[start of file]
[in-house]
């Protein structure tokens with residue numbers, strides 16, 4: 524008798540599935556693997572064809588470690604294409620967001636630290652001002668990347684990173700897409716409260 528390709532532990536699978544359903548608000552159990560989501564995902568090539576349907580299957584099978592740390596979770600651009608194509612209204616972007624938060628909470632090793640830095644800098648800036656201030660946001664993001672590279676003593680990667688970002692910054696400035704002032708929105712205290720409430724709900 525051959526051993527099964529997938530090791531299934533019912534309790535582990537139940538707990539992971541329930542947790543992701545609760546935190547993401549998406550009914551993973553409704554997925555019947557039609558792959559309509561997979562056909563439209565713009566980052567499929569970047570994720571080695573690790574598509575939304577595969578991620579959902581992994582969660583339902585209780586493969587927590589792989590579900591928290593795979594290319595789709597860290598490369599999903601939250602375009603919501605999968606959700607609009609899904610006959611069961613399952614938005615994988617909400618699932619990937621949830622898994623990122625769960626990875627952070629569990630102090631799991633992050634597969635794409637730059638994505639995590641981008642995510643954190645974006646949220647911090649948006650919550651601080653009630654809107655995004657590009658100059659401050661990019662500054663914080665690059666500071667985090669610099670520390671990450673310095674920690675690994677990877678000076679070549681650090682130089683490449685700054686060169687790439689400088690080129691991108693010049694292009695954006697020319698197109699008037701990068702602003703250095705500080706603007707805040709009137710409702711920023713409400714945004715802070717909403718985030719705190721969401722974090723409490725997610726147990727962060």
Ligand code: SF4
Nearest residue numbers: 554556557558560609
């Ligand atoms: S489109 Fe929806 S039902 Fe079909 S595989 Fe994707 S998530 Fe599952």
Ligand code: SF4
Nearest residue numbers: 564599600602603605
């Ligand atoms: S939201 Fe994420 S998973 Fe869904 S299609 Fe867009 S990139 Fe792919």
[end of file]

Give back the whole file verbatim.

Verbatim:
[in-house]
């Protein structure tokens with residue numbers, strides 16, 4: 524008798540599935556693997572064809588470690604294409620967001636630290652001002668990347684990173700897409716409260 528390709532532990536699978544359903548608000552159990560989501564995902568090539576349907580299957584099978592740390596979770600651009608194509612209204616972007624938060628909470632090793640830095644800098648800036656201030660946001664993001672590279676003593680990667688970002692910054696400035704002032708929105712205290720409430724709900 525051959526051993527099964529997938530090791531299934533019912534309790535582990537139940538707990539992971541329930542947790543992701545609760546935190547993401549998406550009914551993973553409704554997925555019947557039609558792959559309509561997979562056909563439209565713009566980052567499929569970047570994720571080695573690790574598509575939304577595969578991620579959902581992994582969660583339902585209780586493969587927590589792989590579900591928290593795979594290319595789709597860290598490369599999903601939250602375009603919501605999968606959700607609009609899904610006959611069961613399952614938005615994988617909400618699932619990937621949830622898994623990122625769960626990875627952070629569990630102090631799991633992050634597969635794409637730059638994505639995590641981008642995510643954190645974006646949220647911090649948006650919550651601080653009630654809107655995004657590009658100059659401050661990019662500054663914080665690059666500071667985090669610099670520390671990450673310095674920690675690994677990877678000076679070549681650090682130089683490449685700054686060169687790439689400088690080129691991108693010049694292009695954006697020319698197109699008037701990068702602003703250095705500080706603007707805040709009137710409702711920023713409400714945004715802070717909403718985030719705190721969401722974090723409490725997610726147990727962060």
Ligand code: SF4
Nearest residue numbers: 554556557558560609
């Ligand atoms: S489109 Fe929806 S039902 Fe079909 S595989 Fe994707 S998530 Fe599952």
Ligand code: SF4
Nearest residue numbers: 564599600602603605
């Ligand atoms: S939201 Fe994420 S998973 Fe869904 S299609 Fe867009 S990139 Fe792919």